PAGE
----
Well, now it's your job to actually live like you experienced something. Live like you and your youth group have actually learned a few things, and what you learned might actually translate into how you live.
First thing. You need to debrief. Not in the car on the way home. And don't make it just some short three-minute "what did you take away from the week" share time.
You and your youth group need to set aside time to really process and think of next steps. And it's best if you do it after a few days home, but not too long after. Do it while it's still fresh, but after being back home has settled in.
You might want to give yourself and those in the youth group time to think about things and give them something to think about before you get together. There's a great book called Neighborhood Mapping. The book invites churches (and Christians in general) to think about how they can be most effective in their local neighborhoods. In the book there is an emphasis on observing, listening, and befriending. In order for us to bring the good news to people around us, we need to first understand their needs, listen to them, and become part of their lives. We can’t just give people a nice “Bible bandage”—“God loves you and has a plan for your life.” The good news of Jesus must meet the needs of people in this world in a personal, relational way.
- Given our theme this year, have them observe and listen to your community over the next few days after you get home. What are the needs of people, of their friends, of their schools or workplaces?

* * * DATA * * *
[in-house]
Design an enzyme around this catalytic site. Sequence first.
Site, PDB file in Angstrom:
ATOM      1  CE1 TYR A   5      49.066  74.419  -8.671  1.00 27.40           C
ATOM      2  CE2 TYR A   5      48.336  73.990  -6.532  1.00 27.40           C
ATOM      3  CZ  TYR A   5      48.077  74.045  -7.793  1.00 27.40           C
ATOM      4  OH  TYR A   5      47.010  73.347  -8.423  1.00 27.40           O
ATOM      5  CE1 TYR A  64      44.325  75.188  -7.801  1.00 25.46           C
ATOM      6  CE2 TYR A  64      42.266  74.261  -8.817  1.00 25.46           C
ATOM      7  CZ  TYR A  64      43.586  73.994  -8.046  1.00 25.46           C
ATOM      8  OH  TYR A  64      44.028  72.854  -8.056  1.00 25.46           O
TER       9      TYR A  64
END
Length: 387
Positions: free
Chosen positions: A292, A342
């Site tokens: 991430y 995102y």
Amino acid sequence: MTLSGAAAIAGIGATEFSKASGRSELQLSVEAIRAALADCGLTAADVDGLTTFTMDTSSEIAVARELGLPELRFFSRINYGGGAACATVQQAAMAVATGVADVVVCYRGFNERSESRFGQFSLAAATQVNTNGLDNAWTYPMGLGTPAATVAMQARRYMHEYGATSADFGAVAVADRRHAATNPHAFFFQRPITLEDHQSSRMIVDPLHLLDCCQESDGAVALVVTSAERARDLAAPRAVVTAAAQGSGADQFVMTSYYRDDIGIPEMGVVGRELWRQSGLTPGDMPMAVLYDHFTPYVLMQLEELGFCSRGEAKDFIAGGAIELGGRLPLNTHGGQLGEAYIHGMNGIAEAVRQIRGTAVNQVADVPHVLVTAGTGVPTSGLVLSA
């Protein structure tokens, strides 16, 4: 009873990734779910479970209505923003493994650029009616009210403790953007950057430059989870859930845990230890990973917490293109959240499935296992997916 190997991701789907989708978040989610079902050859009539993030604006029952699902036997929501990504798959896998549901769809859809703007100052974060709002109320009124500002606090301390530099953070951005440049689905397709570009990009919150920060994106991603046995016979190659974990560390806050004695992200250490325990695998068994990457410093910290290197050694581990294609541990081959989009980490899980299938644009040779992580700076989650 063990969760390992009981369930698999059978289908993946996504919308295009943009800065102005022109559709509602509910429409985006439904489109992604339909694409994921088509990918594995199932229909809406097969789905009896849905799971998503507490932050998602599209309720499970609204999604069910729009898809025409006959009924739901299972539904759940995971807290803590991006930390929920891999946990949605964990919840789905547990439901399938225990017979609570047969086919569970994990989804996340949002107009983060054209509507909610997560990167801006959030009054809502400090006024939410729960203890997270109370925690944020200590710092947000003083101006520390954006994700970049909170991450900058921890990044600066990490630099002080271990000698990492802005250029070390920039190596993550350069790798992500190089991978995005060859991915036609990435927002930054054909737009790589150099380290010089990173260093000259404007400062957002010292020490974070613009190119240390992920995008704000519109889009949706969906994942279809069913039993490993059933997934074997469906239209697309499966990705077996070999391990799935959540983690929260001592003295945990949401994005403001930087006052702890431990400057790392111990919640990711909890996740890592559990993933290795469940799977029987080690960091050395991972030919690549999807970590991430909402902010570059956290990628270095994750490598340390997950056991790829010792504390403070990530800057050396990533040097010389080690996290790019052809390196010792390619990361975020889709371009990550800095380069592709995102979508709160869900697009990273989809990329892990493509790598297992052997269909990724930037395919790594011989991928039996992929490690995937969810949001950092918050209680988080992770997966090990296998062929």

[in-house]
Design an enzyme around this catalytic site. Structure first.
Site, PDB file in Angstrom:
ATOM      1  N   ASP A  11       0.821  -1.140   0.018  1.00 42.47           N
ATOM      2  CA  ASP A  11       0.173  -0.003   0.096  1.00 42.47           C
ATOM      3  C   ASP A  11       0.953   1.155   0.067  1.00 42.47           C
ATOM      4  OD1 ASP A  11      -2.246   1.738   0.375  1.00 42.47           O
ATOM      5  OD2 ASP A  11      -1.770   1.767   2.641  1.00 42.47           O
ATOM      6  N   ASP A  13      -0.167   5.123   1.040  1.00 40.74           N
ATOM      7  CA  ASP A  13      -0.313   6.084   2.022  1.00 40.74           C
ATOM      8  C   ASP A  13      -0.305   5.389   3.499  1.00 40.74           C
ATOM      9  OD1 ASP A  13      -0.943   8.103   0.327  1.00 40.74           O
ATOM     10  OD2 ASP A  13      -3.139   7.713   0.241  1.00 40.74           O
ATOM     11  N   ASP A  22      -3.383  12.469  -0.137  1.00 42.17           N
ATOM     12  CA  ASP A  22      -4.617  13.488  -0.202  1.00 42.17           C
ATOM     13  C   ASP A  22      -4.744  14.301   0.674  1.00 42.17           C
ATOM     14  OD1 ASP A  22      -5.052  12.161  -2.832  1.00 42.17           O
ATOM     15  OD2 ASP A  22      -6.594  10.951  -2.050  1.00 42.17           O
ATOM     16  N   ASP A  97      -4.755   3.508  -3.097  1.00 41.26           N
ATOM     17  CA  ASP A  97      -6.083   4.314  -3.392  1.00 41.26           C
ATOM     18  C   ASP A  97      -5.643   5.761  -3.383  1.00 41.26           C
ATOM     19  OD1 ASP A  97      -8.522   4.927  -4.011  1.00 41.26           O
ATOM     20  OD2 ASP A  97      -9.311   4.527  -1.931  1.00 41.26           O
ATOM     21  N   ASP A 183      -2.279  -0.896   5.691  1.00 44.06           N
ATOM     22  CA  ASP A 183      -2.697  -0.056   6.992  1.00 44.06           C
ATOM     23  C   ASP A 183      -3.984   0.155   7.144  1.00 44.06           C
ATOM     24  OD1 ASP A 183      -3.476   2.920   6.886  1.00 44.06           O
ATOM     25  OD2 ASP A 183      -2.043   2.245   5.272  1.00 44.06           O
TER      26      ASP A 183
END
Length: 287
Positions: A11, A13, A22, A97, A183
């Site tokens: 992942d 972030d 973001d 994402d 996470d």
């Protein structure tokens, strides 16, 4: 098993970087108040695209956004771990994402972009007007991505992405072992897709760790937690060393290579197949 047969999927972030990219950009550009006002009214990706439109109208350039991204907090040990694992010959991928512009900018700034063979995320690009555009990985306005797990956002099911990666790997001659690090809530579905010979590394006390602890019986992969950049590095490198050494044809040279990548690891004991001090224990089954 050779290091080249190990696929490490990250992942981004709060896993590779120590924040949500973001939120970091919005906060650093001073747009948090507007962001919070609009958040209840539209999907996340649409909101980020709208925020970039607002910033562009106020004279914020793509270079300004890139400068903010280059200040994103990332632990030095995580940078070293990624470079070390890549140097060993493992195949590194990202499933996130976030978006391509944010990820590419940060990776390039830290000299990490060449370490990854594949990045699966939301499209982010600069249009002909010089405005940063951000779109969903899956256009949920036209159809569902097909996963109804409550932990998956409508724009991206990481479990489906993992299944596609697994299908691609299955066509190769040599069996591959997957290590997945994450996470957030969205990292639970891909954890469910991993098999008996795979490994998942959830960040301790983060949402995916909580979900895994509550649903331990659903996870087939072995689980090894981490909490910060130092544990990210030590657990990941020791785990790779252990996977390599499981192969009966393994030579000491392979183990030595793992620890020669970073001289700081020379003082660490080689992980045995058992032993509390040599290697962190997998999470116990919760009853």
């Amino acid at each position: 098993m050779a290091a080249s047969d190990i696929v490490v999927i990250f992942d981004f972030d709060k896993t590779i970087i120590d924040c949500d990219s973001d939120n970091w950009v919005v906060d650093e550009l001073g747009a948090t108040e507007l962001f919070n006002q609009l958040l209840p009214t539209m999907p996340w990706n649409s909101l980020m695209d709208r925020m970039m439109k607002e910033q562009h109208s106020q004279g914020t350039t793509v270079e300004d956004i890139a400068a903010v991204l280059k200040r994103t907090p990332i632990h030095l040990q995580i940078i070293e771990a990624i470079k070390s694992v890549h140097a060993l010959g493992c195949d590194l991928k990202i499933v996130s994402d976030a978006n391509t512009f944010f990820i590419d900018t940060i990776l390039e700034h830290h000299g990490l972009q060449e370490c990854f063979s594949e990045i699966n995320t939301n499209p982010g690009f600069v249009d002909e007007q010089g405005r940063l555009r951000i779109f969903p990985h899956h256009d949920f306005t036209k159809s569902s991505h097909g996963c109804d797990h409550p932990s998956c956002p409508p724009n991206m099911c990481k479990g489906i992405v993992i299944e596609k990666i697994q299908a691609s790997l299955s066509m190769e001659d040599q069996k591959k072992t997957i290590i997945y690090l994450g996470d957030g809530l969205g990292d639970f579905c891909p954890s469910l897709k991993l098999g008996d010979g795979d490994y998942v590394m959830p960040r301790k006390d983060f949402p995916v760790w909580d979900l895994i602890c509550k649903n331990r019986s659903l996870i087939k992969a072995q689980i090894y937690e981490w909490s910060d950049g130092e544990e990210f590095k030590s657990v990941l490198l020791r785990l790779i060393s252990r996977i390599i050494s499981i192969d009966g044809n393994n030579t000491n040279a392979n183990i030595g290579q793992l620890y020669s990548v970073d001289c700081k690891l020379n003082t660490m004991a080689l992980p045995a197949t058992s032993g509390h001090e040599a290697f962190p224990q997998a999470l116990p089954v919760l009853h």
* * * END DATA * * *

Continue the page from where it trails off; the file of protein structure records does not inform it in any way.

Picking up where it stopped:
- What things already exist in your community that you can join up with to serve for the sake of the gospel? Are there new ideas you can dream up?
- As you all do this, have everyone reflect on their story--about the path their lives have taken. What are the things they've already done or the passions God has given them? Who are the people they've known and the connections they have?
- Think about how these two things meet--observations about the needs in your community and the story of your lives. It doesn't have to be some ground-breaking idea or cost a lot of money. Sometimes the most effective ways to serve are simple.
When you all gather, give ample time for everyone to share their thoughts and ideas about serving for the sake of the gospel, based on how their observations and listening to the community meet their passions and their story. Make it a goal to create a plan of action where you name how you can take actual steps to meet the needs you observe in your community, using the passions and ways God has wired everyone to work together. You can come up with things you all can do together, as well as help and encourage individuals to serve in ways that they can do as individuals. You can create encouragement partners or something to help individuals take practical steps to serve for the gospel.
Read Acts 17:16-31. You can have everyone read it on their own and think about it, or read it and discuss it as a group, or both. Here are a few things to think about as you read:
- What does Paul first do in Athens before he says anything about Jesus or the gospel?
- When Paul does begin to talk, how does he appeal to the people?
Another passage is in 1 Thessalonians 1:9-12.
- From this passage, what can we learn about how Paul and his friends presented the gospel to the people of Thessalonika? How does this passage help you think about serving for the gospel?
Onward. Take the next step as God's Spirit leads you all.